I found this video on YouTube. The title is self-explanatory but I found it of interest because I’ve been working on a hypothesis on the origins of kissing in humans (see here). That hypothesis was inspired by the clip below.
So just a few observations on a comparison of the Chimpanzee and Bonobo videos. Firstly Bonobos are more distant to us than Chimpanzees. Basically we and Chimpanzees had a common ancestor (concestor) and we diverged about 6 million years ago give or take a few million years. Then a few million years later Bonobos and Chimpanzees diverged. What we and Bonobos have in common is that we have less facial hair than Chimpanzees although obviously in the case of humans it is a lot less (although the hair distribution surrounds the central part of the face in Chimpanzees and Bonobos). The hypothesis states that kissing is an extension of grooming behaviour in other primates and develops from the loss of hair in humans. In the clip of the Chimpanzees, the behaviour is not as convincing as in the Bonobo clip and consists of the Chimpanzees ‘touching’ lips. Perhaps this is associated with a feeling of security as it appears to be a parent and child. The activity is qualitatively different to that of the Bonobos where it has clear characteristics of grooming. This is exemplified by the clip below
Although Bonobos have less facial hair than Chimpanzees, the occurrence of hairless facial skin in both cases presents an opportunity for this transformative grooming behaviour. Nevertheless in this Chimpanzee video at least it does not offer any convincing evidence either way on the grooming hypothesis.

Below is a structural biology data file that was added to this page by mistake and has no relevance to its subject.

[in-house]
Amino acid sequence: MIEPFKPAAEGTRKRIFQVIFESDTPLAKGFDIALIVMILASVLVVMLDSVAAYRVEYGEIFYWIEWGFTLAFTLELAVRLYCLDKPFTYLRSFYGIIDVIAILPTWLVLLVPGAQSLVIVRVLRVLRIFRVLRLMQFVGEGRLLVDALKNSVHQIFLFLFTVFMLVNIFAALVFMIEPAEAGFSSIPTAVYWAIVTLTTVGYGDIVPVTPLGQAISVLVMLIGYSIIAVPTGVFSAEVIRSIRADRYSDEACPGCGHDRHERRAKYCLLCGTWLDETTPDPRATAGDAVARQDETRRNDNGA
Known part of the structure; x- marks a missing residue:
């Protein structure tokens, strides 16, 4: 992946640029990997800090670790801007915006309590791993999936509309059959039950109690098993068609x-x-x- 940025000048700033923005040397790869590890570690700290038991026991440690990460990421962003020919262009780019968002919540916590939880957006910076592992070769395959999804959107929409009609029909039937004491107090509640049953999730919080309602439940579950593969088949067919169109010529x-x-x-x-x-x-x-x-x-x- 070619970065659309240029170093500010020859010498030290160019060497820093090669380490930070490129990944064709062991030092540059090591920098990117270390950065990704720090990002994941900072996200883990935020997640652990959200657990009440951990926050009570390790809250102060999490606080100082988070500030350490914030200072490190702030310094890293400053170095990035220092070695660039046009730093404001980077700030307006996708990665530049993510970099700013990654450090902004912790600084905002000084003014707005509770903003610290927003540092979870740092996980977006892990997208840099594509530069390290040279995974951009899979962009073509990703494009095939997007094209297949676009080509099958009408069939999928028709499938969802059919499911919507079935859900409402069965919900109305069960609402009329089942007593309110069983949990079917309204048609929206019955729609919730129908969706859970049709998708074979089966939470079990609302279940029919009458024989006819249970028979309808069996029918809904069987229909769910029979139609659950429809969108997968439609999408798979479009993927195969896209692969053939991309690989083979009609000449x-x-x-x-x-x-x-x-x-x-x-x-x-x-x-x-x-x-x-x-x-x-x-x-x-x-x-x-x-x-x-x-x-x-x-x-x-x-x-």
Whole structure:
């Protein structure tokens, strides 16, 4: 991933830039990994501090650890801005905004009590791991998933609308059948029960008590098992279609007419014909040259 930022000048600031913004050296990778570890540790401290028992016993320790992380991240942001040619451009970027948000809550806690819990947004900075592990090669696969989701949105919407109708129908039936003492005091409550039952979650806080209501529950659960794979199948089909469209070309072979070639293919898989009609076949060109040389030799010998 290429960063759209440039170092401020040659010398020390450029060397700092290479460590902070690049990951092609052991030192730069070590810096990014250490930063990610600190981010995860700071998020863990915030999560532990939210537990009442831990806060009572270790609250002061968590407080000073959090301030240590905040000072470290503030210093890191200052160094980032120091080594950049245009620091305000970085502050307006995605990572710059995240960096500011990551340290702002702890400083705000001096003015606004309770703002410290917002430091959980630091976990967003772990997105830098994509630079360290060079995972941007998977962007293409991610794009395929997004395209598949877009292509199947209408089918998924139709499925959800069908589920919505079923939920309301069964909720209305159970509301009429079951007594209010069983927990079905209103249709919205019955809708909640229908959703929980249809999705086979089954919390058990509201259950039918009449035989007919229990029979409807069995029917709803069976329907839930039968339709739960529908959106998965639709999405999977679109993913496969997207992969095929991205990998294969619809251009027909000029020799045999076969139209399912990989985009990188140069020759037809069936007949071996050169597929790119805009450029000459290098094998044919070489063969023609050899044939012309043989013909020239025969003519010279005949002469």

However there is one interesting question it raises. Why do the Chimpanzees keep their lips in contact? The answer I suspect relates to receptors in the skin. Part of the explanation may lie in Mechanoreceptors although the main explanation might be expected from touch light touch sensation. I’ve made some videos on Mechanoreceptors which come in handy in explaining some of the concepts but will eventually get round to the other types of receptors.
In any case if it is common to Chimpanzees and Bonobos then it might mean that the Bonobos behaviour followed a change in receptor structure and function in the hairless skin areas. Although classically associated with hairless areas however, Mechanoreceptors are also found in hairy skin.
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